Here’s how to speak up for change without being labeled as the problem person who finds flaws in everything:

  1. Look for and present solutions, not merely problems.
  2. Offer to do the work to move towards a better way of doing things. Don’t drop problems at your other people’s doors.
  3. Ask questions versus overtly say why something is wrong. That could sound something like, “I’d love to help. Tell me more about the process. Perhaps we can insert a step to make this better. What do you think of trying…?” No one likes to be told he’s wrong. Asking questions elicits participation more than overtly saying, “This is broken. We need to fix it.”

Many people are afraid to speak up at work and believe that people who speak up get fired. I haven’t found this to be the case. People who work hard and produce results are typically the last people to be let go.

Say what you think in a way that is not critical; offer solutions not just problems; be a force for good and take an active role in making things better, and my hunch is your career will accelerate faster than you ever thought possible.

Advance Your Career

 


I Made a Mistake at Work – Admit It & Advance Your Career

No one likes to make mistakes. We want to do good work and have people think well of us.

The key to maintaining your relationships and reputation, when you make a mistake, is to take responsibility and make things right as soon as possible. Saying something wasn’t your fault or becoming defensive will only damage your reputation and relationships. As counterintuitive as it sounds, you will gain respect and credibility by admitting fault and correcting problems.

I often get asked if people lose credibility by being humble – asking for feedback and admitting to making mistakes. It takes strength to ask for and be open to feedback and to admit when you drop the ball. So while it may seem counterintuitive, the more you ask for and respond to feedback, and admit when you make mistakes, the stronger you will appear.

i made a mistake at work

I made a mistake at work. Now what?

When you make a mistake say something like:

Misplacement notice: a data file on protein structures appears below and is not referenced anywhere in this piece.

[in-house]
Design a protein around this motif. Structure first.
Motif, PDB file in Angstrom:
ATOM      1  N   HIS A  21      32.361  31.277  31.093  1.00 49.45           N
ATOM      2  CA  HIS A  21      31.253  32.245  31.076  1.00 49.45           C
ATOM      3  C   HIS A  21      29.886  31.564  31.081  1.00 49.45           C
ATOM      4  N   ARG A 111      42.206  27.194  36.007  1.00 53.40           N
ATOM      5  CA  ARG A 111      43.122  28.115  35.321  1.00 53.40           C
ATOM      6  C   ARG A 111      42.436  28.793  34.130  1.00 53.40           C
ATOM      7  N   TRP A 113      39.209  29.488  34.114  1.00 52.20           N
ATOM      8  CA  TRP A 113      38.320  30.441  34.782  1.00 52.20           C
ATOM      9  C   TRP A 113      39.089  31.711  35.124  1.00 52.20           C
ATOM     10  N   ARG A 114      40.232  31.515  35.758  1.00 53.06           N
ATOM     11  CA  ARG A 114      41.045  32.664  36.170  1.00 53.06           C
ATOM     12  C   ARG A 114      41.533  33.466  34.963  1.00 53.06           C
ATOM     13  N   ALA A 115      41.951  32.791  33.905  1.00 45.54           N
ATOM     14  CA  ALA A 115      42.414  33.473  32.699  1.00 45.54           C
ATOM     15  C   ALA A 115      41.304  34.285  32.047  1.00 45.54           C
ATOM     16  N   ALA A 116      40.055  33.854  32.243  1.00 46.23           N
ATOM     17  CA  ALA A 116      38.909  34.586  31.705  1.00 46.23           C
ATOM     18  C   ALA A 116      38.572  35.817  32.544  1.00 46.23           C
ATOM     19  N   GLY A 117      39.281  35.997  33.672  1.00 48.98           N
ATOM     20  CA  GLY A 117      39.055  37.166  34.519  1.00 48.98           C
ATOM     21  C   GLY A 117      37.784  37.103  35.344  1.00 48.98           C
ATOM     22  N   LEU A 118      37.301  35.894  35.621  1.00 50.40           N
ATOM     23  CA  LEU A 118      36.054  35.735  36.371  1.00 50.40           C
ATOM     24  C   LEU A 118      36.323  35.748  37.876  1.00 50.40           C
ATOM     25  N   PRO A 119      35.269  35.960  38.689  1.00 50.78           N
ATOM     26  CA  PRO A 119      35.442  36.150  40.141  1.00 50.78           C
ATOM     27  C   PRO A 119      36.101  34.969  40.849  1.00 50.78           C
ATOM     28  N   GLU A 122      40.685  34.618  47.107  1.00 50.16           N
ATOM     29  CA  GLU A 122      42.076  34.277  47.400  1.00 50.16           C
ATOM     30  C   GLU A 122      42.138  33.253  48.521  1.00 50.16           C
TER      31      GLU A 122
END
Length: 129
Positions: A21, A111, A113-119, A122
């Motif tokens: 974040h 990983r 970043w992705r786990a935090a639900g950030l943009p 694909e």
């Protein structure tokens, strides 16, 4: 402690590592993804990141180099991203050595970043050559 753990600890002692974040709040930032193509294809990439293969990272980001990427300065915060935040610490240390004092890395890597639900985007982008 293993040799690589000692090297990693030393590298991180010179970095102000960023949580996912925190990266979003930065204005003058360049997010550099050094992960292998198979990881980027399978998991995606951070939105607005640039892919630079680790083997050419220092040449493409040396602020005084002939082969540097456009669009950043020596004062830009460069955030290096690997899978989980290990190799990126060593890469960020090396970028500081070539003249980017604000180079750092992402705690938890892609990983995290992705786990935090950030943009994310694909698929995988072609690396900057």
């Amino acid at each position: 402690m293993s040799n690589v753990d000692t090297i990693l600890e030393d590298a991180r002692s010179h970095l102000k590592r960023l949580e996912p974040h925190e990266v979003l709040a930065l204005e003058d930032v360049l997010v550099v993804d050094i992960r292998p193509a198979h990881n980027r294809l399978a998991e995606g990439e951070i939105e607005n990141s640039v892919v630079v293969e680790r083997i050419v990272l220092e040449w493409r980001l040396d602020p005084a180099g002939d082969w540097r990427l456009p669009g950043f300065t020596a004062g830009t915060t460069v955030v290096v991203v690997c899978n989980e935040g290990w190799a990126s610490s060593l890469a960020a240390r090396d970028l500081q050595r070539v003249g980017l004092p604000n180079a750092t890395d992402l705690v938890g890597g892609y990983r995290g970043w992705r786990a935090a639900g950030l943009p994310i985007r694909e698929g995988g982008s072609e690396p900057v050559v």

“I dropped the ball on that. I apologize. I’ll fix it and let you know when it’s been handled.”

Or, “Thank you for the feedback. This clearly didn’t go as planned. I’ll make those changes and let you know when they’re done.”

Also, let people know the steps you’ll take to avoid similar challenges in the future.

You could say something like:

“Thanks for letting me know that our process is causing your department challenges. We certainly want the process to be smooth. My team will fix this month’s report, so your team doesn’t have to invest more time. We’ll update the process for next month and walk you through the changes before the report is due.”

Don’t provide a bunch of reasons for breakdowns. No one cares. Telling people why something occurred can sound like excuse management. People just want to know things will be made right.

Asking for feedback, taking responsibility, and telling people how you will correct errors may not be your natural or first reaction. The more you can train yourself to do these things, the easier you will be to work with and the better your reputation and business relationships will be.

BlueCandorQ

Click here to download free questions to find out what your coworkers and internal and external customers are satisfied with about your performance and what they wish you would do differently.


Sign Up

Career tips
you won't get
elsewhere. Sign up
to get a free
tip card.